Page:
Halfway through their two-year mission under glass, eight men and women sealed in Biosphere 2 and those watching over them are trying to prove the experiment is more than a stunt.
Their goal is to operate a space colony prototype, growing their own food and tending wildlife in a three-acre, glass-and-steel complex designed to recycle air, water and waste.Critics have said the project is unscientific because, among other things, outside air has been pumped in and a crew member who was released for medical treatment returned with supplies.
Organizers, however, hope a review by an outside panel of scientists - and some changes recommended by the experts - will give the project credibility.
Biosphere 2, on a ranch 35 miles north of Tucson, is a private, for-profit venture financed by Texas billionaire Ed Bass, who invested at least $150 million.
The experiment began with a great deal of hoopla as the four men and four women began life beyond the airlock.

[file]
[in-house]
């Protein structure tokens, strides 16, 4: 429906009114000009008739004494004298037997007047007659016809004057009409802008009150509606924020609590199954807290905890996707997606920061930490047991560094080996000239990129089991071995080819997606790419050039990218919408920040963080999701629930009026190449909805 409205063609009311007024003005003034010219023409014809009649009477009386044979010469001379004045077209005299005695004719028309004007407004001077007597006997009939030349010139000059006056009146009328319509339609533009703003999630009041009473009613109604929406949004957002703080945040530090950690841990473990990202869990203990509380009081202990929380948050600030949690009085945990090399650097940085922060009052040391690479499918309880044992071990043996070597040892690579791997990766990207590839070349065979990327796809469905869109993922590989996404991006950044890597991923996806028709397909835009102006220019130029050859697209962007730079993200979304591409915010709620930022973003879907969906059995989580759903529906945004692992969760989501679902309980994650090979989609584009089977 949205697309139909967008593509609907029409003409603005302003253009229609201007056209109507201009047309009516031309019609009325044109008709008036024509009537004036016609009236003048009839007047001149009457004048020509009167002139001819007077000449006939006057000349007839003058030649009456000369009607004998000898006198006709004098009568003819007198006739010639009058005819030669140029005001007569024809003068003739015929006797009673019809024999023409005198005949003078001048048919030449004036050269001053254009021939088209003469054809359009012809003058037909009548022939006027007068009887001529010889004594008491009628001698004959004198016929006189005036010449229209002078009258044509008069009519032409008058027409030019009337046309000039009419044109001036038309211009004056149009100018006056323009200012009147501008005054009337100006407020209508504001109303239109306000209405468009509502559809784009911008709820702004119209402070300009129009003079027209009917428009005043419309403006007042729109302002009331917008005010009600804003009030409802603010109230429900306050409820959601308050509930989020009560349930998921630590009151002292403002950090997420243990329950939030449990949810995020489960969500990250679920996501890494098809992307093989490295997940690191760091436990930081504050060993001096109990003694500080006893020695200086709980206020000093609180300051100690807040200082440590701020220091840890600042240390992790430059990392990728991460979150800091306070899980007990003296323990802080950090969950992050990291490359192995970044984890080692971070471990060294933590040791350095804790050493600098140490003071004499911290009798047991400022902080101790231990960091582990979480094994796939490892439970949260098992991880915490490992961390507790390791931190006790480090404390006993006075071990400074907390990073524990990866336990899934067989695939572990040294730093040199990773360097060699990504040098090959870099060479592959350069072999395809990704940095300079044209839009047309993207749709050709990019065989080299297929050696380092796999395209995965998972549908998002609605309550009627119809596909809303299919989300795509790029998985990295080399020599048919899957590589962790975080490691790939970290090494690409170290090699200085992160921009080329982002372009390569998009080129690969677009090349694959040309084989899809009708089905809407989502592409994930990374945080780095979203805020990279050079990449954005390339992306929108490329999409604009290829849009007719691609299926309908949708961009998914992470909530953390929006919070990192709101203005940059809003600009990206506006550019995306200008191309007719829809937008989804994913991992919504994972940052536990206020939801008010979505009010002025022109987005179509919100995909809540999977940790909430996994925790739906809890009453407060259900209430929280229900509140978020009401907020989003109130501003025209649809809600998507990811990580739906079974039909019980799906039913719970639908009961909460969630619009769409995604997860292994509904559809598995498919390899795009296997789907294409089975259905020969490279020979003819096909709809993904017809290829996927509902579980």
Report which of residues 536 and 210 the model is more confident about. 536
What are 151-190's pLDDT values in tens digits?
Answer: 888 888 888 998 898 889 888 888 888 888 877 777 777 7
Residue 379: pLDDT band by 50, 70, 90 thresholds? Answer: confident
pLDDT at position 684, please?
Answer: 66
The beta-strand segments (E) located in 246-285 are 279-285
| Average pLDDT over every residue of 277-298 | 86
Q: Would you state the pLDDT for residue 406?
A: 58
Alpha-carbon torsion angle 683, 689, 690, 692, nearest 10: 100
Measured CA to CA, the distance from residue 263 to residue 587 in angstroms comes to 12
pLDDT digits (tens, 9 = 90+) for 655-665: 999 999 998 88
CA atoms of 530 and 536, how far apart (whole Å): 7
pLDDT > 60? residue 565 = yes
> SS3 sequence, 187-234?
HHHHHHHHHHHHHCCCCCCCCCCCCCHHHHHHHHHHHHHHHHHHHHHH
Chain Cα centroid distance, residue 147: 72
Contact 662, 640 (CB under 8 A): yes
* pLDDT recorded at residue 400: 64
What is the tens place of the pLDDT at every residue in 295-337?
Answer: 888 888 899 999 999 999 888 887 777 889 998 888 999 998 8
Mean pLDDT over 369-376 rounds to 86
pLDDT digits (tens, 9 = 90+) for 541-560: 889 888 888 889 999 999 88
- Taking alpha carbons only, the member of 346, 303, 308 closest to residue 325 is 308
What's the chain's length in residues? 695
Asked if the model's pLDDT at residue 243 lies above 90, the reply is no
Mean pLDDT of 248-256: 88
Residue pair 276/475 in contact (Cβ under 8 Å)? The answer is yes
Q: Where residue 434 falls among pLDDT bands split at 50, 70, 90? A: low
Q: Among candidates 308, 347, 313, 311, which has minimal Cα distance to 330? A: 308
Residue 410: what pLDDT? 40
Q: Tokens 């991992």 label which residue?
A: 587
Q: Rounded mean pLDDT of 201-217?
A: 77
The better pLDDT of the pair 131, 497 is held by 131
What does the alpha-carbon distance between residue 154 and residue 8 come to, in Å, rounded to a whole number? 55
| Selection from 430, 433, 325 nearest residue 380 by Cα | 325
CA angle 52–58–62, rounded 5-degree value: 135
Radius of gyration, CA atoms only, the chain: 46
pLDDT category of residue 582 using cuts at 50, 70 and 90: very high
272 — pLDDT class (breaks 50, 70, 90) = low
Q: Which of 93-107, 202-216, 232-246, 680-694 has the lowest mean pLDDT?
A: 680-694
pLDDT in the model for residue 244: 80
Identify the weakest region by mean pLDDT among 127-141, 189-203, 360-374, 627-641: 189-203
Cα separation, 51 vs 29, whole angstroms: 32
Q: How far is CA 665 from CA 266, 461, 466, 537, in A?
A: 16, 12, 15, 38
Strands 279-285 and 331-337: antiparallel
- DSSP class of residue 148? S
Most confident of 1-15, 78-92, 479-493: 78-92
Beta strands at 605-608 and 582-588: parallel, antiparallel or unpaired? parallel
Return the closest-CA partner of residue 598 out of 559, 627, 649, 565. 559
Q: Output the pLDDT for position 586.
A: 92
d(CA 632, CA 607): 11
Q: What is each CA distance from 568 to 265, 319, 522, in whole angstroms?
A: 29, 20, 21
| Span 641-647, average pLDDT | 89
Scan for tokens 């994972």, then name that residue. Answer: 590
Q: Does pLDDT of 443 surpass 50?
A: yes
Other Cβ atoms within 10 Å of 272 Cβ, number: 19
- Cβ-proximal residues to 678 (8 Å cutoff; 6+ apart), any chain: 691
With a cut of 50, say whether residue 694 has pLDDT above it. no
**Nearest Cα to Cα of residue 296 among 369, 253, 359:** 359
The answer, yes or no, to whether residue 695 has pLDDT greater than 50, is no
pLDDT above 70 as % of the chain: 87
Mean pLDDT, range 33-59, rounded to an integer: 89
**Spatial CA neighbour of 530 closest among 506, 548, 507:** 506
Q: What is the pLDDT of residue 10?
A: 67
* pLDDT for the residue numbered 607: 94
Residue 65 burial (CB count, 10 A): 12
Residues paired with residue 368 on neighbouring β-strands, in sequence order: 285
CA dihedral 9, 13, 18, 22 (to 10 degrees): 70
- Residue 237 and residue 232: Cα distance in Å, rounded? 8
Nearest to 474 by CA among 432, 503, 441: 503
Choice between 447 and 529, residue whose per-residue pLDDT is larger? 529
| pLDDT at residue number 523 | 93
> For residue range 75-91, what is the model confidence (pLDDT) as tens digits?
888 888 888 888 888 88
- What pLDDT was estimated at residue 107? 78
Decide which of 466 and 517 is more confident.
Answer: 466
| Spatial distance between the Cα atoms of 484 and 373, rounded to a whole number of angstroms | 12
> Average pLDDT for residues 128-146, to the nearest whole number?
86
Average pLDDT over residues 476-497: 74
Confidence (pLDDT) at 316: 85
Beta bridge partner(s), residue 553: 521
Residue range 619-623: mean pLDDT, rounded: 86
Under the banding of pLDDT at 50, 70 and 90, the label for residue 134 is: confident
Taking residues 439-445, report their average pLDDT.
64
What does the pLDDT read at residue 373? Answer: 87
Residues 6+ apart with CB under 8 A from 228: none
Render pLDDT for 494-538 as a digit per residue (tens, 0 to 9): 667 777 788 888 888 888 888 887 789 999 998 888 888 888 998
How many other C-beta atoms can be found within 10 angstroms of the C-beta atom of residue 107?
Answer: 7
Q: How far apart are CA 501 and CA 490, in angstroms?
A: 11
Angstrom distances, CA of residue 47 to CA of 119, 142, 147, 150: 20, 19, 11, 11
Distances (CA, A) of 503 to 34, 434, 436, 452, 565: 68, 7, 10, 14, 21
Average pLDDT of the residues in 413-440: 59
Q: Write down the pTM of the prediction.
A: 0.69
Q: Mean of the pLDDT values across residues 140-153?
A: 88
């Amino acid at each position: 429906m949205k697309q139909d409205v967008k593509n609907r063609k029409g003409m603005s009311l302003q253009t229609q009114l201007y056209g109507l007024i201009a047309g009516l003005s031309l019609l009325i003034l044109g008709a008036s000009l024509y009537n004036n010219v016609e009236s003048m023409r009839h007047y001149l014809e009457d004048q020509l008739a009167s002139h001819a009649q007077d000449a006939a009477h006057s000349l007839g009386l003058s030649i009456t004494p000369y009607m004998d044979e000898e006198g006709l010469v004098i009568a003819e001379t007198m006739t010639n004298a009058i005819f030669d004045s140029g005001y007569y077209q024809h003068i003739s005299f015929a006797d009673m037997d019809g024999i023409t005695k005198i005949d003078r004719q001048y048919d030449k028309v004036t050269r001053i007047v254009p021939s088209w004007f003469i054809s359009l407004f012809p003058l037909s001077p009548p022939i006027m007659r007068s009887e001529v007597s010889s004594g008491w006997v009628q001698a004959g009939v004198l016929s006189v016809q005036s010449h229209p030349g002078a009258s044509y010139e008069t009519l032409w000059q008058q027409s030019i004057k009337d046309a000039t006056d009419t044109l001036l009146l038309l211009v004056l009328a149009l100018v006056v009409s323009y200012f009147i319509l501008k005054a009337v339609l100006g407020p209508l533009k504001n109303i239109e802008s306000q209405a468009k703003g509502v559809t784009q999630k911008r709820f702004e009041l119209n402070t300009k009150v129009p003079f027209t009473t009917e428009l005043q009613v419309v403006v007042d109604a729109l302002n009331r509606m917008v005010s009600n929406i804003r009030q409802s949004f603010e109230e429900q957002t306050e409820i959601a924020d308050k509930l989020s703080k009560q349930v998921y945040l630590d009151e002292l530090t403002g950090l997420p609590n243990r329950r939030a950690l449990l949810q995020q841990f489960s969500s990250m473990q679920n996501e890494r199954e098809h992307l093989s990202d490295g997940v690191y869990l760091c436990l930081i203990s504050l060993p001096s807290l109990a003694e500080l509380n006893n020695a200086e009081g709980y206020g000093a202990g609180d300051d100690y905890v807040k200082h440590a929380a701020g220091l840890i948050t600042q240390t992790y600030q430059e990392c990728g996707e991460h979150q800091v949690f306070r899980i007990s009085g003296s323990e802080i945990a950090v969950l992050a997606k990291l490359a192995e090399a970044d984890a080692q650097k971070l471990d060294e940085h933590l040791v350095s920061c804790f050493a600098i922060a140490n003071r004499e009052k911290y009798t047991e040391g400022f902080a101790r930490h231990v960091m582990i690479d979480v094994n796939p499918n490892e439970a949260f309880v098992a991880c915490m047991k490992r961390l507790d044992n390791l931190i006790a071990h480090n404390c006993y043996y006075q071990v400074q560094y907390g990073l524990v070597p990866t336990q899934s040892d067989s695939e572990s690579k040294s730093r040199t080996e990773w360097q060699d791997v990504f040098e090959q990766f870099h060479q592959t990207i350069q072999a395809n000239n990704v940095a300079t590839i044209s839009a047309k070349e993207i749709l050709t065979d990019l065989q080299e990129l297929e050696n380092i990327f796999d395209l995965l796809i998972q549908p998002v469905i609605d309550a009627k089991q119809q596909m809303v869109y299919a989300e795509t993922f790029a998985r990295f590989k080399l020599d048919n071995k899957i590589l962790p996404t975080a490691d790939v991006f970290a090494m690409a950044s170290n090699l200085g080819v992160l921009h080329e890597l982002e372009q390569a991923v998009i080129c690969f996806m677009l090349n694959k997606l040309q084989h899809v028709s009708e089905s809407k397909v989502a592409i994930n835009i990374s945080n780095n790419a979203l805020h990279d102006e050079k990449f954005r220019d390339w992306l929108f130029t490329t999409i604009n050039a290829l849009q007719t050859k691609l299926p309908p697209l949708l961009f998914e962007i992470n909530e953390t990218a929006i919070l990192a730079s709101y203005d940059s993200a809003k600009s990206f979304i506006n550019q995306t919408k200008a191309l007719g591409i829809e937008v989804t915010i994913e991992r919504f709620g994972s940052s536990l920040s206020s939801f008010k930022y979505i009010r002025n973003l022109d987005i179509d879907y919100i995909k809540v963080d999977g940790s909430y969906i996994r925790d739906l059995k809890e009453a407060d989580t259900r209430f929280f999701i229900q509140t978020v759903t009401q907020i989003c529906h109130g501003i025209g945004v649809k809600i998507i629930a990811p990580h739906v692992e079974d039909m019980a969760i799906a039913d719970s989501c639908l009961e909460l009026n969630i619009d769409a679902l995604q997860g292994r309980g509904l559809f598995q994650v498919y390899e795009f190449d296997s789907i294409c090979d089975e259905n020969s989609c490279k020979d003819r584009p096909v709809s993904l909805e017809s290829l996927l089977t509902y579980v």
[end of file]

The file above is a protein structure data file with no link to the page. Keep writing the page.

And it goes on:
But after a series of setbacks and public relations gaffes, Bass appointed an eight-member committee that includes scientists from NASA and the Smithsonian Institution to examine the project's scientific credibility.
The panel's initial report, released July 21, said Biosphere 2 had put commercial concerns - such as technology development and tourism - and public education ahead of science.
It recommended appointing a director of basic science, setting up a well-crafted science plan, pursuing scientific publication, taking steps to ensure accuracy and establishing a staff of scientists.